No new clothes in Eid, give money in charity: Lucknow Muslims

LUCKNOW: As a wake up call rounds on social media and at home, several have decided not to spend generously on Eid and, instead of buying new clothes, give that money as alms to those in need.

Deciding to wear his old 'best dress' city Muslims TOI spoke to, he said Eid, which is a community union festival after Ramzan, the month of good deeds and heavenly rewards, will only be so in this health crisis, if people are helped.

In the same vein, the Imam of Aishbagh Eidgah also appealed to his fellow Muslims on Sunday asking them to spend 50% of their Eid budget on behalf of the poor and closure.

Eid should be simple this year and at least half the budget we spend on Eid festivities each year, we should donate to the poor, the cleric asked.

Eid is a joyous occasion, but if our brothers and sisters are afflicted by the pandemic, how can we celebrate it each year? Instead of buying new clothes, my family and friends have decided to raise that money and give it to those who are going through bad days locked up, said Abdul Hannan, a young student.

Abdul, who belongs to a family involved in the Chikankari business, also said: Although Eid is the peak time for the sale of Chikan clothing and the industry is suffering a great loss, but we must be considerate of those who have lost more than us in this pandemic and emergency closure.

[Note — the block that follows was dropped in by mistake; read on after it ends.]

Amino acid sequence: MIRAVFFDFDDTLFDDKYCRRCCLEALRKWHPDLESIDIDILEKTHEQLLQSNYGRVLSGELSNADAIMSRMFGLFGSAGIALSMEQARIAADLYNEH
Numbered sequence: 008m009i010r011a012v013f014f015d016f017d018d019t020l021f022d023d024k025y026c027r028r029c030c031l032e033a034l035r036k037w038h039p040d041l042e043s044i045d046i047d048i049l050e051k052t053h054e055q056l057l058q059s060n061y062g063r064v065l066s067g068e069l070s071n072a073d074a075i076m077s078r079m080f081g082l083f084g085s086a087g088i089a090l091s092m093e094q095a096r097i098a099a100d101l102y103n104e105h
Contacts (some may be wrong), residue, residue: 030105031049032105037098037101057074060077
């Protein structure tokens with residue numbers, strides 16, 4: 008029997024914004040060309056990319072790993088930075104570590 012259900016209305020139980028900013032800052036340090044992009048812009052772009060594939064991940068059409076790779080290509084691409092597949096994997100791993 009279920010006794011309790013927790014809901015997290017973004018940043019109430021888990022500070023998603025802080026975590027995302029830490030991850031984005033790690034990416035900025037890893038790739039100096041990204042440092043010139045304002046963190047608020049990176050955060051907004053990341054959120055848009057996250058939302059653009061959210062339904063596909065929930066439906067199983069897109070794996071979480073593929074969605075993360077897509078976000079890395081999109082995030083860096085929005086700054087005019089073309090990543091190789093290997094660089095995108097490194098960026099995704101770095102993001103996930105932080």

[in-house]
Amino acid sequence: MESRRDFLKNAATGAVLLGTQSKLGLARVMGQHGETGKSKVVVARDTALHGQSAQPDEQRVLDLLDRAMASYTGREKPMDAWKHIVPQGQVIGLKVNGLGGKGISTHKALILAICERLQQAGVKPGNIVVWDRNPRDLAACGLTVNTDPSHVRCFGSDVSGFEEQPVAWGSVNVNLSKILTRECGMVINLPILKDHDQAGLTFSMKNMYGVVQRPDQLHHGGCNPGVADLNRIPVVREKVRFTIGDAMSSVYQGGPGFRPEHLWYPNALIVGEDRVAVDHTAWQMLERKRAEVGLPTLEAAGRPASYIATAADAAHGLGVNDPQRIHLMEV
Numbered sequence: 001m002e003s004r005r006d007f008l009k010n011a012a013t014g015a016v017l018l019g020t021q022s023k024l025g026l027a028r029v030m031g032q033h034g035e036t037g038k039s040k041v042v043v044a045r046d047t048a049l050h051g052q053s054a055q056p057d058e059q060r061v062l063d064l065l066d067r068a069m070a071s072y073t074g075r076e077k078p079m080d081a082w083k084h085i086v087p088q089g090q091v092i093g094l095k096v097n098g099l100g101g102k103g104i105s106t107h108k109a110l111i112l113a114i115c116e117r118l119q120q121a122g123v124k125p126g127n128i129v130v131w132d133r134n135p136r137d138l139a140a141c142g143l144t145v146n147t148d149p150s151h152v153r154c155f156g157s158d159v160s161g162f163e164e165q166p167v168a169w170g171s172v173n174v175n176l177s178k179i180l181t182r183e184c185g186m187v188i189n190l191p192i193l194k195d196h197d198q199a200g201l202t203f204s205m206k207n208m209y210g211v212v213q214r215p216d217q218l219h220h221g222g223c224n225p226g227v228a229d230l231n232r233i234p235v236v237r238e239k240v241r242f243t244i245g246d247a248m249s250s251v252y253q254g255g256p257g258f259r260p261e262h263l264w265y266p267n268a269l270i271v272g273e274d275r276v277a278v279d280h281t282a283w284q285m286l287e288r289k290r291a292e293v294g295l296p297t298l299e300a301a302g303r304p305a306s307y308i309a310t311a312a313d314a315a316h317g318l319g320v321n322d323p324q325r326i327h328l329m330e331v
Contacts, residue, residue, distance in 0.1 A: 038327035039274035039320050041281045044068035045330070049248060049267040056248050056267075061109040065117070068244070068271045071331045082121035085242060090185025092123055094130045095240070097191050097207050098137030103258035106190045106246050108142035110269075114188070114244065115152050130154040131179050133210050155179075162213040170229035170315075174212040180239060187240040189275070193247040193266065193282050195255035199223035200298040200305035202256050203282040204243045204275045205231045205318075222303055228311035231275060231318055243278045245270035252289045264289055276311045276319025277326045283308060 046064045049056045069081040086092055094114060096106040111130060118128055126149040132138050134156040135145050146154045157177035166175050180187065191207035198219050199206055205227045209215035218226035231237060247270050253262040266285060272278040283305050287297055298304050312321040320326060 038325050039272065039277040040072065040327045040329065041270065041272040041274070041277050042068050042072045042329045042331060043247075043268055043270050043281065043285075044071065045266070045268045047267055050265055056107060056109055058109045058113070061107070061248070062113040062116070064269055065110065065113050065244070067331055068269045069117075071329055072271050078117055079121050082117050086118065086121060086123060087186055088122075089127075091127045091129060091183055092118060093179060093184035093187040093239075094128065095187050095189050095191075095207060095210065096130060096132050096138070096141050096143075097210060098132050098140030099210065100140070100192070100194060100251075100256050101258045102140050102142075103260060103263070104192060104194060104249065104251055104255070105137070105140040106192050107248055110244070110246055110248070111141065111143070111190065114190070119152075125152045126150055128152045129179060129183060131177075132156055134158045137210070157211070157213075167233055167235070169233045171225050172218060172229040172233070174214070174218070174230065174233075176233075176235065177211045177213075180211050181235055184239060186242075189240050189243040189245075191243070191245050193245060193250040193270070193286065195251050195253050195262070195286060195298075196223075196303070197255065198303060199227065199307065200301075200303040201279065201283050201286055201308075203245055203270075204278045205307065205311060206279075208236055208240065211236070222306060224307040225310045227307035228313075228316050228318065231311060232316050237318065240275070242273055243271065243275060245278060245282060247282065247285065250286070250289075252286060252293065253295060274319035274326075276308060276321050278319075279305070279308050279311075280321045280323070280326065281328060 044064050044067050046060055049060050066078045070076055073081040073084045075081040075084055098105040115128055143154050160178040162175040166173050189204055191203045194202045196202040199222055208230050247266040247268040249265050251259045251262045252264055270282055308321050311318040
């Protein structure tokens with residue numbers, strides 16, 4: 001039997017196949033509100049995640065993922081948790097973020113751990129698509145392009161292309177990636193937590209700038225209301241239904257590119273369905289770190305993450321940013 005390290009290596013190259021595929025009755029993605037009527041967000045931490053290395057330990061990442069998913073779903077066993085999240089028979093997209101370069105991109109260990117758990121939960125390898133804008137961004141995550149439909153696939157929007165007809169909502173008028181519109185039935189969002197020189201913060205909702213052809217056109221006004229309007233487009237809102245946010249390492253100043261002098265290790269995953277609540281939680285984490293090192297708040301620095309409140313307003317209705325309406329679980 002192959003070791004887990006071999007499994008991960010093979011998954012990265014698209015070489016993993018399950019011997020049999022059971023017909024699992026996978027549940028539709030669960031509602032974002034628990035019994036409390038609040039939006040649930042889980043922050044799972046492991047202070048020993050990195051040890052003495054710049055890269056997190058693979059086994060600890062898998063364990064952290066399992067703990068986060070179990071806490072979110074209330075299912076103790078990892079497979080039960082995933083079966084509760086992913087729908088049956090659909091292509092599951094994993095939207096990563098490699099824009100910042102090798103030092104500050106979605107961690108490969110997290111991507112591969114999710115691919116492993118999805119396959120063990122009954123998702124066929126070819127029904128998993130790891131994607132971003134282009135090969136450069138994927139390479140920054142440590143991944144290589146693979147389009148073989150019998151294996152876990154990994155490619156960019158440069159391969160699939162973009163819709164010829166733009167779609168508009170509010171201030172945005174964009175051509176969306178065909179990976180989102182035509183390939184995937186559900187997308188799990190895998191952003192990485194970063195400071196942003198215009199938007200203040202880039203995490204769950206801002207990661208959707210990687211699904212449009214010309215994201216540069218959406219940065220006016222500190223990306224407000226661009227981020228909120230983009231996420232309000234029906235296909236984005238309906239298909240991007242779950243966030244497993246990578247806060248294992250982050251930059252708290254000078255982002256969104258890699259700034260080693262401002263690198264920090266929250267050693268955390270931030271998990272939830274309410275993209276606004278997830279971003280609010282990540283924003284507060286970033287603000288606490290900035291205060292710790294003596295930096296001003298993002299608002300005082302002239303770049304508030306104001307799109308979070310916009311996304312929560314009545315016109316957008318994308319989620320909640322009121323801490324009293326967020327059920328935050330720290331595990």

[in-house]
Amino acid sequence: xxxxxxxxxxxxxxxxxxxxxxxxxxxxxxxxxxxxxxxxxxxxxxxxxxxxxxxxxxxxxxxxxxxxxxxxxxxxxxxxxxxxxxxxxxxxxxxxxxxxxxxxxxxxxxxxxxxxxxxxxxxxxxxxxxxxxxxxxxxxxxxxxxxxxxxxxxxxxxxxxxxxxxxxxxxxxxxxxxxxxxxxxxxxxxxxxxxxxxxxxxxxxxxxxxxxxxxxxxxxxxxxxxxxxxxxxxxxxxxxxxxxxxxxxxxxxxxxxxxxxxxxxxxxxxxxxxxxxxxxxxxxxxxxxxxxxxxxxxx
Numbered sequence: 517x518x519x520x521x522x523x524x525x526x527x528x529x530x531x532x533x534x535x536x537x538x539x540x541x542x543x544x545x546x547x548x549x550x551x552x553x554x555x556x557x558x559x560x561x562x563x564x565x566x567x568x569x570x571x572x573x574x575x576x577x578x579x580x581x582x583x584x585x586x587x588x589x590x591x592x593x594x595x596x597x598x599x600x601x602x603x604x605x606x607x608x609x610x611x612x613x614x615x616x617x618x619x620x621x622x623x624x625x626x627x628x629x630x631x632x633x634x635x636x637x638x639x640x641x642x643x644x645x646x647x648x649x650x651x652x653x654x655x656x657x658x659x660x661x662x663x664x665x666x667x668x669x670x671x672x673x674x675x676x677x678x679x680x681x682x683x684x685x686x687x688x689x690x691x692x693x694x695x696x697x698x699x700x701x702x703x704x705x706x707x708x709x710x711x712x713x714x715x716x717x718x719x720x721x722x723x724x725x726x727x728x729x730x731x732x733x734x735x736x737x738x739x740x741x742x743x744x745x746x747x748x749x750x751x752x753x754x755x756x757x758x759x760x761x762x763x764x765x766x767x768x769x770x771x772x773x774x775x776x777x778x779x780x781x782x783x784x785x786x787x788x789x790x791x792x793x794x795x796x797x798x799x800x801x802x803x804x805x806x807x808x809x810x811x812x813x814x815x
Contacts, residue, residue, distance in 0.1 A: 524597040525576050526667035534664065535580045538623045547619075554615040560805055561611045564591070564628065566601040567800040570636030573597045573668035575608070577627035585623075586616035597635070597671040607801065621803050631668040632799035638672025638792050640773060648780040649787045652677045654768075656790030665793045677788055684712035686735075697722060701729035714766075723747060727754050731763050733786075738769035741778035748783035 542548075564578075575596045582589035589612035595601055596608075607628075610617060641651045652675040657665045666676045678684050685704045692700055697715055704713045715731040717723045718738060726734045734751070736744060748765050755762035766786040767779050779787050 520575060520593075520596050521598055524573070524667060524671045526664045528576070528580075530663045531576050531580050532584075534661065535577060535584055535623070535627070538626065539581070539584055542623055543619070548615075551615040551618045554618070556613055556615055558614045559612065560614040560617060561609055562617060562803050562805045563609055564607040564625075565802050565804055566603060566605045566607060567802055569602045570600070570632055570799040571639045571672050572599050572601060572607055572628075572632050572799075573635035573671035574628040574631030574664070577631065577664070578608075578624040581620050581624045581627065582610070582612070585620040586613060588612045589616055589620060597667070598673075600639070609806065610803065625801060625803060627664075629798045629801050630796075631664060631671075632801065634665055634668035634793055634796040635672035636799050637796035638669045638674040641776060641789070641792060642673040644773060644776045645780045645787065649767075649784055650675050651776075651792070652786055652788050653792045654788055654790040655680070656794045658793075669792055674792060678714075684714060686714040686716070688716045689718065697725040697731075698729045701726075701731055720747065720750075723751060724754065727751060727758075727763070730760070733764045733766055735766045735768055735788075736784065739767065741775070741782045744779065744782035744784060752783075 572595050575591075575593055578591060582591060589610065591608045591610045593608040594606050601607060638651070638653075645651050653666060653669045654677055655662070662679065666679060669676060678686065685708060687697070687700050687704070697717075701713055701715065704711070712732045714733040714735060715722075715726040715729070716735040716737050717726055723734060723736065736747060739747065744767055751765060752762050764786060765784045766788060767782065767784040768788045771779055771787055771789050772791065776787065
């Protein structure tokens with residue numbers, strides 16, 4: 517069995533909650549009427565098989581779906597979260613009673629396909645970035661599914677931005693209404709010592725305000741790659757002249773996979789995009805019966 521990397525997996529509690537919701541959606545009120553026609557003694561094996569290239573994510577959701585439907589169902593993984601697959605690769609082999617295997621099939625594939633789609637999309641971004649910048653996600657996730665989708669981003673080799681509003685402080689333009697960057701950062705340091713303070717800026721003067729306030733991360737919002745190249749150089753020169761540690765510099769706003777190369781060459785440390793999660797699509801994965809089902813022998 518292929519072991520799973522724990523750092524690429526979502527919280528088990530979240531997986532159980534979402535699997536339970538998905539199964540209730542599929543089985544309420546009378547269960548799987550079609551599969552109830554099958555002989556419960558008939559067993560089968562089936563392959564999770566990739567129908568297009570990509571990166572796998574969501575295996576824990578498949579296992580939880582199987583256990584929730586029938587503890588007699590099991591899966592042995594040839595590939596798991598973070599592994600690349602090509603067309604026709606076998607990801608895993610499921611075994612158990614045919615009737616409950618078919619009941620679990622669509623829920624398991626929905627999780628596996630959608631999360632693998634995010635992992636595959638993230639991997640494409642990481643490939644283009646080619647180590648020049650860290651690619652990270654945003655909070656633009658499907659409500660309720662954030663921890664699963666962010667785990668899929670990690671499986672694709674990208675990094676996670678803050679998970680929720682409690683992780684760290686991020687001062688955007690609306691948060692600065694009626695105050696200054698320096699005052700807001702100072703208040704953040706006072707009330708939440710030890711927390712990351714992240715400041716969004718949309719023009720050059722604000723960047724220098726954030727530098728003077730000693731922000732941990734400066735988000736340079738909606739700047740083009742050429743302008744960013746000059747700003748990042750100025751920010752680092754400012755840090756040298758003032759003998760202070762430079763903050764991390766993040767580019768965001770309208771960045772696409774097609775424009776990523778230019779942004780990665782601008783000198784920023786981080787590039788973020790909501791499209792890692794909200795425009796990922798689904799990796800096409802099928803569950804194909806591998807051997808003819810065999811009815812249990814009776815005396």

With calls for 'No new clothes but the best clothes' are shared by family and community social media groups, it is widely spread that money on Eid festivities must be spent on paying a child's school fee, the rent someone, help someone restore their business and feed a family.

Muslims have been encouraged to the highest possible charity throughout the year. On top of that, this year instead of paying money like Fitra (a fixed amount of staple food per family member or equivalent money given as charity before Eid) we will do siwaiyan and distribute to those who cannot afford to celebrate Eid, the mistress said from home Suboohi Alvi.

Researcher Sarah Sultan Khan believes the closure has been an opportunity for people to be empathetic. Most of the time we fast and start partying. We started planning our Eid outfits. But this year has brought a lot of understanding and empathy in people. I'm going to keep my neighborhood tailor and mehndi wali in mind, so I won't. Buy new clothes even if e-commerce sites reopen, but use that amount to reach those who really need help, he said.